Pace: 91.8 possessions per 48 minutes (11th NBA)
Oklahoma City Offensive Rating: 110.2 points per 100 possessions (12th NBA)
Lakers Defensive Rating: 105.3 points per 100 possessions (6th NBA)

The good news for the Thunder is that the drop-off on defense was accompanied by growth on offense. Check out Oklahoma City's season-to-date ratings by game:

While offense tends to get better over the course of the season no matter what, the Thunder's development into a more offensive-minded team was real. Below average for most of the campaign, Oklahoma City finished the year 12th in Offensive Rating. In Kevin Durant, the Thunder boasts the league's leading scorer. Durant's game is predicated on efficiency as much as volume, making him one of the NBA's most valuable players.

Of Durant's many skills, the one that earned the most attention in the second half of the season was his precocious ability to get to the free throw line. 16.0 percent of Durant's possessions ended in trips to the charity stripe, putting him slightly ahead of LeBron James and behind only Corey Maggette and Chris Bosh among go-to players. Phil Jackson started working the referees ahead of time, pointing to the favorable calls opponents believe Durant receives. Ron Artest gets the defensive assignment, and Durant has called the Lakers' forward one of the two toughest defenders he's faced in the NBA. Artest's ultra-physical style is uncomfortable for Durant, who was held to an average of 6.0 free throw attempts in the four meetings and committed nearly five turnovers a night.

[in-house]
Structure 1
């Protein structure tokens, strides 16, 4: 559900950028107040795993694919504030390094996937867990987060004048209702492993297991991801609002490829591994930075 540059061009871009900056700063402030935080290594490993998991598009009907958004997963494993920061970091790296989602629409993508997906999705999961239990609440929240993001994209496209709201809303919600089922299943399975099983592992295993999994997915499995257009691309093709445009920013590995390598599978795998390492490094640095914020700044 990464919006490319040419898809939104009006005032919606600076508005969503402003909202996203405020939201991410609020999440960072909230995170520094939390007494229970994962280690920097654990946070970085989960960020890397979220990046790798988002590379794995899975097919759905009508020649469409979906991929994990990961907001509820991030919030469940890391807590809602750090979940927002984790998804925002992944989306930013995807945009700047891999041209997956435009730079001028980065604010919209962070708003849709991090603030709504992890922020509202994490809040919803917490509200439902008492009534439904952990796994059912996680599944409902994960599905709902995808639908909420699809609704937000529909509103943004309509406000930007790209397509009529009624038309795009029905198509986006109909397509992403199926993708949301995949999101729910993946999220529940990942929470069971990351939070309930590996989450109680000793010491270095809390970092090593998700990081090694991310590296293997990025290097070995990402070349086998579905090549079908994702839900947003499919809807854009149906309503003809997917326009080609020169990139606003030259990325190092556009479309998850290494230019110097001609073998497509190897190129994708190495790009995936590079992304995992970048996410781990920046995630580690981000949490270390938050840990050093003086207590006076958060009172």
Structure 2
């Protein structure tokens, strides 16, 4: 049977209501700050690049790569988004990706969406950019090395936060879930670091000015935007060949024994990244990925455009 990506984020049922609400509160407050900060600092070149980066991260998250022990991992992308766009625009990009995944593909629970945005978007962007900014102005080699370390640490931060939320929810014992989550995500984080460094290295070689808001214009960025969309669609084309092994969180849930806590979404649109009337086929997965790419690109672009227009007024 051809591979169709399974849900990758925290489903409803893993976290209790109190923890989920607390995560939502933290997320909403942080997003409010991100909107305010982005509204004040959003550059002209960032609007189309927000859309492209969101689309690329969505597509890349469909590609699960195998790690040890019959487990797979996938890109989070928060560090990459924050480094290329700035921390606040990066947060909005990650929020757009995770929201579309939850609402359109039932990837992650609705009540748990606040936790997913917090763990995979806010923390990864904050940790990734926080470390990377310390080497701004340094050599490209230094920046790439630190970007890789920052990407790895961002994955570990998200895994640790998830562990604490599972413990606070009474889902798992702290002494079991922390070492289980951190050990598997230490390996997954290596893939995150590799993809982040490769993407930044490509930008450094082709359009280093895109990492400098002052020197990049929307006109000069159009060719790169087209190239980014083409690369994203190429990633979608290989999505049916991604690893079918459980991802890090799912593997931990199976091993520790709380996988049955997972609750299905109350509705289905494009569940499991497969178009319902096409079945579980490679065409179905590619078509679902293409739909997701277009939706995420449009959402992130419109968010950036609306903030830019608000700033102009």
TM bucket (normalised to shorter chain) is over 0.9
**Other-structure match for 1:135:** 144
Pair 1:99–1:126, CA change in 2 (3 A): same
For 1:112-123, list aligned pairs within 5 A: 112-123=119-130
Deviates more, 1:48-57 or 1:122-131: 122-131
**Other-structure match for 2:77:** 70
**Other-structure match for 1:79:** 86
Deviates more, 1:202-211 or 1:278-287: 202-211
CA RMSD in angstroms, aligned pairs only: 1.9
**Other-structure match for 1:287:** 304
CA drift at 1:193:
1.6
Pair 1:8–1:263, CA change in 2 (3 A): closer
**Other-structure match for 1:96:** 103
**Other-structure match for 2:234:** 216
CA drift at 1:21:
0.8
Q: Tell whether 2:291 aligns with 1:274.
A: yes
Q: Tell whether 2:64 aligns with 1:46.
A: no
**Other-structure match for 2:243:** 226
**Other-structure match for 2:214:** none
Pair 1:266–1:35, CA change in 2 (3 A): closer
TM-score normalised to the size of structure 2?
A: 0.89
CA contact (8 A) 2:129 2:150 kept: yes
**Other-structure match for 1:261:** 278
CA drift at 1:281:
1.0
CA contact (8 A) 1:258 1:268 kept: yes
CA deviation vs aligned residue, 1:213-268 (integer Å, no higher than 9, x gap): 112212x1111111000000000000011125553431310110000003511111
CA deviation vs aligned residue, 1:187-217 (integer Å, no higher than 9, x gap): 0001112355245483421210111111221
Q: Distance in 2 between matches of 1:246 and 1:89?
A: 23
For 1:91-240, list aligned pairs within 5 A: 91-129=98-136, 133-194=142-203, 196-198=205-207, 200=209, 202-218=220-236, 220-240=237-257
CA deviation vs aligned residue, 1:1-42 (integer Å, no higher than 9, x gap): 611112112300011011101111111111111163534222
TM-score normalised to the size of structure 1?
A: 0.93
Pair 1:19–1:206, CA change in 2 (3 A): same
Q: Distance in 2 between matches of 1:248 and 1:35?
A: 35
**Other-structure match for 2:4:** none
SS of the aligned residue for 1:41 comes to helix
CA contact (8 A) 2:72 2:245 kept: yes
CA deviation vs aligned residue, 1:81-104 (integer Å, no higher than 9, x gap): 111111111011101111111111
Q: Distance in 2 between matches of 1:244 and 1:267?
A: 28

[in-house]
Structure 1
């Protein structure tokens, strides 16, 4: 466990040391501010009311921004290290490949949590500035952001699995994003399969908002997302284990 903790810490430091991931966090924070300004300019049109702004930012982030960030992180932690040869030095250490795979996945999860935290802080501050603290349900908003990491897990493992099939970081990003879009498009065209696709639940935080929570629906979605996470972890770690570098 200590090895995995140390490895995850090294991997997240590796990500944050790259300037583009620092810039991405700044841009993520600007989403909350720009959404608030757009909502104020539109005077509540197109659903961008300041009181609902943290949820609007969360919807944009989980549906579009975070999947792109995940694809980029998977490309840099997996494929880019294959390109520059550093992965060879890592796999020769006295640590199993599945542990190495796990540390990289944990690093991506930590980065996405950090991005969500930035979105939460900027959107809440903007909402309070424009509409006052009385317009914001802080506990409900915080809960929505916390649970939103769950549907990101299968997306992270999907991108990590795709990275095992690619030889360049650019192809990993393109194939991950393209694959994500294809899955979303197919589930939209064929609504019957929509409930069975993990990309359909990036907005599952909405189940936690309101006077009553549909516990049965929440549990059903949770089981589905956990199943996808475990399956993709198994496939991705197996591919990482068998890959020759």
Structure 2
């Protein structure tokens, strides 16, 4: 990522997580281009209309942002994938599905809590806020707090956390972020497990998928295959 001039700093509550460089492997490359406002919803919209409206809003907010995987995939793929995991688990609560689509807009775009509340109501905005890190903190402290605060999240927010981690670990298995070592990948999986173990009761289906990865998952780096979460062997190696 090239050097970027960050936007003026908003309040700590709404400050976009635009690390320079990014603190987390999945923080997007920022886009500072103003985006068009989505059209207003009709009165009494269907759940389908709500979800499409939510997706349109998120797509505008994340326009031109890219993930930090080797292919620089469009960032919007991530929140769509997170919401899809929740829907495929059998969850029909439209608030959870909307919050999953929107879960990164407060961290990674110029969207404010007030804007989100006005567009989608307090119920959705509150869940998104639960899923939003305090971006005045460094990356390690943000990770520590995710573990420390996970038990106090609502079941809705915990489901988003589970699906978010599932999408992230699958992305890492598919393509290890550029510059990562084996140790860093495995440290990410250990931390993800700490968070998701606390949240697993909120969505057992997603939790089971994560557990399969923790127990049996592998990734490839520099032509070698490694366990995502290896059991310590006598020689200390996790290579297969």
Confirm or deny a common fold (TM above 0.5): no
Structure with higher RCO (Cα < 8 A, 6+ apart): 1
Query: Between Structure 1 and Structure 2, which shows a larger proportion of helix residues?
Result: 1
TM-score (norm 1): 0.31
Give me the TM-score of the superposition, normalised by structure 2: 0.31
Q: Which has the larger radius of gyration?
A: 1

The more favorable matchup for the Thunder is at point guard, where the intersection of Russell Westbrook's quickness and Fisher's age means Westbrook should be able to live in the paint. Westbrook made 54.3 percent of his two-point attempts against the Lakers, as compared to 43.8 percent throughout the season. The issue is that Westbrook has been ineffective lately, putting up a .463 True Shooting Percentage in the month of April. He's been able to overcome middling efficiency thanks to his ability to create for himself and others as well as his defense, but that style left him little margin for error.

It's worth keeping an eye on Oklahoma City's floor spacing in this series. The Thunder is even worse from three-point range than the Lakers, and extended minutes for Sefolosha means less of rookie James Harden, the team's leader in three-point percentage. When Durant has the basketball and the starting lineup is on the floor, only Jeff Green (33.3 percent) is any kind of threat from beyond the arc, which will allow the Lakers to offer help to Artest.


The Lakers are the playoffs' biggest mystery. There were reasons to believe that L.A. would be weakened by Fisher's aging and replacing Ariza with Artest, but who imagined the Lakers limping into the postseason with seven losses in their last 11 games? At this point, I'm not sure anything would surprise when it comes to the Lakers. In their defense, however, injuries have been a factor down the stretch. The Lakers may be able to replace Andrew Bynum in the starting lineup with Lamar Odom, but the issue is who backs up Odom and Pau Gasol in those scenarios. Getting Bynum back even for 10-15 minutes a night represents a massive upgrade on DJ Mbenga and should help the Lakers.

Oklahoma City is good enough, and well-coached enough, to have a legitimate chance at pulling off the first-round upset. The Thunder should be especially tough at the Ford Center, where fans will be getting their first taste of playoff basketball. The most likely scenario I envision is the Lakers winning the first two games, Oklahoma City evening up the series at home and the Lakers finally seizing control to send the Thunder packing.

Lakers in 6

Cast your ballot in the First Annual Internet Basketball Awards, presented by Basketball Prospectus, featuring voting on all major awards and the All-NBA, All-Defensive and All-Rookie teams. Voting ends April 20.

Kevin Pelton is an author of Basketball Prospectus. You can contact Kevin by clicking here or click here to see Kevin's other articles.